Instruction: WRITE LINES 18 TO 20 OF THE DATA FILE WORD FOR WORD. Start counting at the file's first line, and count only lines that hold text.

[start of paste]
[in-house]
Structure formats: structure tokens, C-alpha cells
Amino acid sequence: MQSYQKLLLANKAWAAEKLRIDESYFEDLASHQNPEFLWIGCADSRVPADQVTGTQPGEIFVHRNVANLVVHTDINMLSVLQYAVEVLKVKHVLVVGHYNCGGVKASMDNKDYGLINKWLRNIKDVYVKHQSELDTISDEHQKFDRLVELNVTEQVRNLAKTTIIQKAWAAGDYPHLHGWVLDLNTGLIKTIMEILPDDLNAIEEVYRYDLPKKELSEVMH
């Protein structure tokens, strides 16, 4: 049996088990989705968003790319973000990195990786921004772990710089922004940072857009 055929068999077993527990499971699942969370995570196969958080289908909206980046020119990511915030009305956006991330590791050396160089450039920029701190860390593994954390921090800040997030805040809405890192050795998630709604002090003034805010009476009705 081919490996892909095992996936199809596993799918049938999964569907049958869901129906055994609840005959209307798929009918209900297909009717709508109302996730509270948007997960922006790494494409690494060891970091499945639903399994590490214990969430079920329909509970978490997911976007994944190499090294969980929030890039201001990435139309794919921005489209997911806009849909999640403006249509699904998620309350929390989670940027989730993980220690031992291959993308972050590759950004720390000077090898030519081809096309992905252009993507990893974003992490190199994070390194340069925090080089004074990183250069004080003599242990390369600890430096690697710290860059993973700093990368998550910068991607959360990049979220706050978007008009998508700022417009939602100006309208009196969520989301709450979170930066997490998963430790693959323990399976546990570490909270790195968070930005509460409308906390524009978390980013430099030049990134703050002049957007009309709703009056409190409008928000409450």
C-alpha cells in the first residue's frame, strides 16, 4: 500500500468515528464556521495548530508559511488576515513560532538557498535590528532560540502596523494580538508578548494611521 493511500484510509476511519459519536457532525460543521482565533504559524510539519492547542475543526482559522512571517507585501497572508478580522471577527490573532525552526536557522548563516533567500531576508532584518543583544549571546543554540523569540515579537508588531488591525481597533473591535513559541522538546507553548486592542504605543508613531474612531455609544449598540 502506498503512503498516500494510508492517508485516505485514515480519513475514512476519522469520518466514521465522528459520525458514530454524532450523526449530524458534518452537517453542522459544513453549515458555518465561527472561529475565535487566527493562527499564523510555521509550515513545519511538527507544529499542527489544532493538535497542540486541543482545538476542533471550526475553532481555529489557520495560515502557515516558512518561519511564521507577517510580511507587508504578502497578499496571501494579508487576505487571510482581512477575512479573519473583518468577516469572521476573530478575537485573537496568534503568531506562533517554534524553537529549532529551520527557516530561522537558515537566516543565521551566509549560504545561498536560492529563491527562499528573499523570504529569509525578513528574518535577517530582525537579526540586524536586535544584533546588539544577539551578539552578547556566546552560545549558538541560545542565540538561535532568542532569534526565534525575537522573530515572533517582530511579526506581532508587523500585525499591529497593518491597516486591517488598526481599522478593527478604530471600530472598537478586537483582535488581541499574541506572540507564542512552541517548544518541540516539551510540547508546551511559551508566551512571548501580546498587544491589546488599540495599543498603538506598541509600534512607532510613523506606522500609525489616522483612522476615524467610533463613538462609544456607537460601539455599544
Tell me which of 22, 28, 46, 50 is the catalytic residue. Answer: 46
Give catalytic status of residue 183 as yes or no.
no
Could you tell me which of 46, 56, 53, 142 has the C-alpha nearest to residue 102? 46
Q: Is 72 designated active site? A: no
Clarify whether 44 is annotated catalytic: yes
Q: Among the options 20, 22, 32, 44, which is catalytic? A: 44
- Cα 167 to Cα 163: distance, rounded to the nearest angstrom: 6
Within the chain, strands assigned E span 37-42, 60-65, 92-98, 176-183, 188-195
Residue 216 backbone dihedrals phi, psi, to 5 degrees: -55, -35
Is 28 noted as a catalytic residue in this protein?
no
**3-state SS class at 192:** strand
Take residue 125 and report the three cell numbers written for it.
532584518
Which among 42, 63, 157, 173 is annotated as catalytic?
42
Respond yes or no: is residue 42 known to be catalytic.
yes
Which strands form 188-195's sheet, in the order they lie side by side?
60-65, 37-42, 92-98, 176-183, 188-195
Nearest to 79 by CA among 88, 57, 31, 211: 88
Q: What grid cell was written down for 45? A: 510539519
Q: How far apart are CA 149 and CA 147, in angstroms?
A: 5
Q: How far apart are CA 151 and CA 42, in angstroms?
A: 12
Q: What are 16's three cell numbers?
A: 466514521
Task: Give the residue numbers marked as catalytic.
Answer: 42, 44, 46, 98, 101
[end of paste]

**3-state SS class at 192:** strand
Take residue 125 and report the three cell numbers written for it.
532584518